In the outskirts of North-West Delhi, a farming village that has metamorphosed into a small town is Kanjhawala where a group of old farmers have been continually sitting on a dharna for six years, demanding back their land, which was acquired by the government for industrial use. As another election approaches, they are least enthused as so far they feel being ignored by the political ilk.
“We do not really depend on these politicians to solve any of our issues, we are not that simple. We will be going to court and renewing our agitation. A bit of land inside the wall is Rs. 50,000 and the same land outside of the wall is worth a crore,” says Raj Sing Dabas, a 77 year-old farmer who spends his days smoking a hookah and going through legal documents.
“According to the new Land Acquisition Act, if the government has not physically used the land for its purposes, then they have to give it back. We know these things, it is not like before where everyone felt helpless before a government order,” he added, while explaining how there were still several among them who had not touched the total Rs. 49 lakhs which comprised the compensation as well as the rehabilitation fees.
Kanjhawala, along with neighbouring Karala, Sultanpur Dabas, Tikri Kalan and Tikri Khurd was declared barren while the government made its acquisition of around 250 acres of farmland, which was boarded up but is still cultivated by the farmers.
“The government acquired the land saying it is barren but the land is green and produces an average 52 quintals of crop for every two acres. In my last crop, I got 20 quintals of bajra (millet), dal (pulses) and till (sesame seeds). How is this barren?” questioned Baljeet Singh, as he sits in protest with a smattering of farmers from all the villages whose land was acquired.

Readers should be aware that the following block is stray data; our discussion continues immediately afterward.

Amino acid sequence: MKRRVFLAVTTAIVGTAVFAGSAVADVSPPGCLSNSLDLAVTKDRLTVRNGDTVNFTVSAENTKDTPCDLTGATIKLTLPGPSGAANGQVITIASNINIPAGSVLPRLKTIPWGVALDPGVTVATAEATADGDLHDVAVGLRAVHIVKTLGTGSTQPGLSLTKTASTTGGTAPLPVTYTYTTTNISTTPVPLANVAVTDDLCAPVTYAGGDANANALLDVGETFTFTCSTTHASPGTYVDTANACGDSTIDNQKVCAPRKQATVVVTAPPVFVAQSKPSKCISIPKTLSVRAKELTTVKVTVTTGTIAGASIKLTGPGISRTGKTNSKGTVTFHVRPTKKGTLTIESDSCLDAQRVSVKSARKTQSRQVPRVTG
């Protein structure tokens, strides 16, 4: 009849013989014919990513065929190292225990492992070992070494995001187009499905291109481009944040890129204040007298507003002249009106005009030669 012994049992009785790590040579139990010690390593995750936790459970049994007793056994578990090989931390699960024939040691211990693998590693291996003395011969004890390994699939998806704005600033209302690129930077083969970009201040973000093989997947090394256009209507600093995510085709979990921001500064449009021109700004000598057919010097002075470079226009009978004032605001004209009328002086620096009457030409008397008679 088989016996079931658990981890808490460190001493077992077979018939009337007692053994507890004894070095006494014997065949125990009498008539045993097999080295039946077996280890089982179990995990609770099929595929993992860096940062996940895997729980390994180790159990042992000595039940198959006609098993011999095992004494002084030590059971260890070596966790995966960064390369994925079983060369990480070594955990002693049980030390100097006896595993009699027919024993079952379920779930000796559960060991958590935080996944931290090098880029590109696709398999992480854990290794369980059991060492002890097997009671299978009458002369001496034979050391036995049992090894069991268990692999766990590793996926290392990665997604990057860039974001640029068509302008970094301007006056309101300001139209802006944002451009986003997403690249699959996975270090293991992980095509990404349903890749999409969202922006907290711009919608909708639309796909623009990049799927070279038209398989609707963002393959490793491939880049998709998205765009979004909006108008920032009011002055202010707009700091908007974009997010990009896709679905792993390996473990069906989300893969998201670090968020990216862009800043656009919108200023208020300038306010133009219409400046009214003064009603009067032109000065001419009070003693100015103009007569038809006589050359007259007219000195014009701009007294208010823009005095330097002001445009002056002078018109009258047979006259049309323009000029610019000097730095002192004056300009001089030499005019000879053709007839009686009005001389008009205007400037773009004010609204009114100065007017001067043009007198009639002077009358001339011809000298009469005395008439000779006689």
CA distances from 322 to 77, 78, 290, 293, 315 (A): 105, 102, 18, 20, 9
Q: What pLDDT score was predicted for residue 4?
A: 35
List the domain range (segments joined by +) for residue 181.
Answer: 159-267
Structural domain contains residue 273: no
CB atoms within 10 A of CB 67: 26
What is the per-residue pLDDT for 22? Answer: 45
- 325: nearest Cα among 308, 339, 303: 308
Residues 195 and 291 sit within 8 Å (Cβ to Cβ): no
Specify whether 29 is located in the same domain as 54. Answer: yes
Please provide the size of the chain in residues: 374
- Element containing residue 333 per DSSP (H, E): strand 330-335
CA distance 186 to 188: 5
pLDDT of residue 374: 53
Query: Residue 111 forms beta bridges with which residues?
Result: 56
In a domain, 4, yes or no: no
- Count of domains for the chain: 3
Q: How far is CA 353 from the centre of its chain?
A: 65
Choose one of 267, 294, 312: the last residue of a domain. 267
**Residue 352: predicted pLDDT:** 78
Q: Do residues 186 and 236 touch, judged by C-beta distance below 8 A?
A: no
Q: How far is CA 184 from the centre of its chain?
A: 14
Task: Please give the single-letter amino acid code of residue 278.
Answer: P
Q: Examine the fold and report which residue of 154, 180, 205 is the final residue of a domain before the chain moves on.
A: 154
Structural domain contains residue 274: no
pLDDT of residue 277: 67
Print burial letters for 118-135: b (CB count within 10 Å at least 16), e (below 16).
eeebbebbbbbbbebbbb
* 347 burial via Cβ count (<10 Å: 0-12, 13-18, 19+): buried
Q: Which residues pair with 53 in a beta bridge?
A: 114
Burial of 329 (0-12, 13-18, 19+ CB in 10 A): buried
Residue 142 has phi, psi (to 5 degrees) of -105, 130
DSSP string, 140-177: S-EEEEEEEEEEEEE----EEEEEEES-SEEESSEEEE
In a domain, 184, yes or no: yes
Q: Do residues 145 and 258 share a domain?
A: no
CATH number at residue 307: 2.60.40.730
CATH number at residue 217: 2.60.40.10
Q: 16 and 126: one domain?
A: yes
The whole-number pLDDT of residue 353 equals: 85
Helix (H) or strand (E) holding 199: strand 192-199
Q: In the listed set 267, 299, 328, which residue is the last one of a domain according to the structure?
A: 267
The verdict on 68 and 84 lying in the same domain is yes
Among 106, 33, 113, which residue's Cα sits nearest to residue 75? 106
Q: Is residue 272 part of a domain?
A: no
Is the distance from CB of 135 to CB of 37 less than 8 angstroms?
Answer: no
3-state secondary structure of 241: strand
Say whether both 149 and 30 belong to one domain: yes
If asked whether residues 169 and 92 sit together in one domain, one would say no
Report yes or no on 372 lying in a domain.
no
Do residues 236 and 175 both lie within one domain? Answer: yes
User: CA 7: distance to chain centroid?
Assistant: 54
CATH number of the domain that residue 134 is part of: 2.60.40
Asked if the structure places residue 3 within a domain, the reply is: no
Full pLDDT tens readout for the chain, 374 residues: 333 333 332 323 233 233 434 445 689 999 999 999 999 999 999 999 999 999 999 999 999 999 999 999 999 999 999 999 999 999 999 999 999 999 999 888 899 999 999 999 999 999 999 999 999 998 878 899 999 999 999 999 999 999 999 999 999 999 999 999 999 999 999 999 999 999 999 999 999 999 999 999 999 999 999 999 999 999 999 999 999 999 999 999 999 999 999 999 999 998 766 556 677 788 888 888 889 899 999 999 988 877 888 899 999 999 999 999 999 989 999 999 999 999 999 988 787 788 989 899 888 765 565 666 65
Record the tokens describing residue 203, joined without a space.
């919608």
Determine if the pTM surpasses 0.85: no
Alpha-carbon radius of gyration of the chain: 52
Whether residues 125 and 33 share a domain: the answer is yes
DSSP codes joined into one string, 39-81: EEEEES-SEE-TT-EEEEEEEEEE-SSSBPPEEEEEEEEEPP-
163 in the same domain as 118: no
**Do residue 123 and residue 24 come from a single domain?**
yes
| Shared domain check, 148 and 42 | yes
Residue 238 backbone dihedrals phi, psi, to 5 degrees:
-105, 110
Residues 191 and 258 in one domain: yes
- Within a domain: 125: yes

“In fact, even the Rs. 49 lakh was given after different stages of agitation, including dharnas for many days outside the Deputy Commissioner’s office as well as Delhi Assembly after which the acquisition rate was increased,” he added.
The farmers said that they were ready to give the government back its money. “One acre is now worth around Rs. 6 crores, and it is not barren. We want it back,” he added.
However, there are some who have given up altogether and want only the promised plot adjoining their land. Raghubir Singh Dabas, a 66-year-old retired headmaster is one such farmer, but he has little hope in the politicians. “We have knocked on all the politicians’ doors but even our local MP Krishna Tirath fails to identify us. She came here a week ago promising the same thing she promised before,” he said, adding that none of the others had even bothered with their village.
Many in the village felt BJP’s Udit Raj was an outsider and the Aam Aadmi Party was not something worth talking about.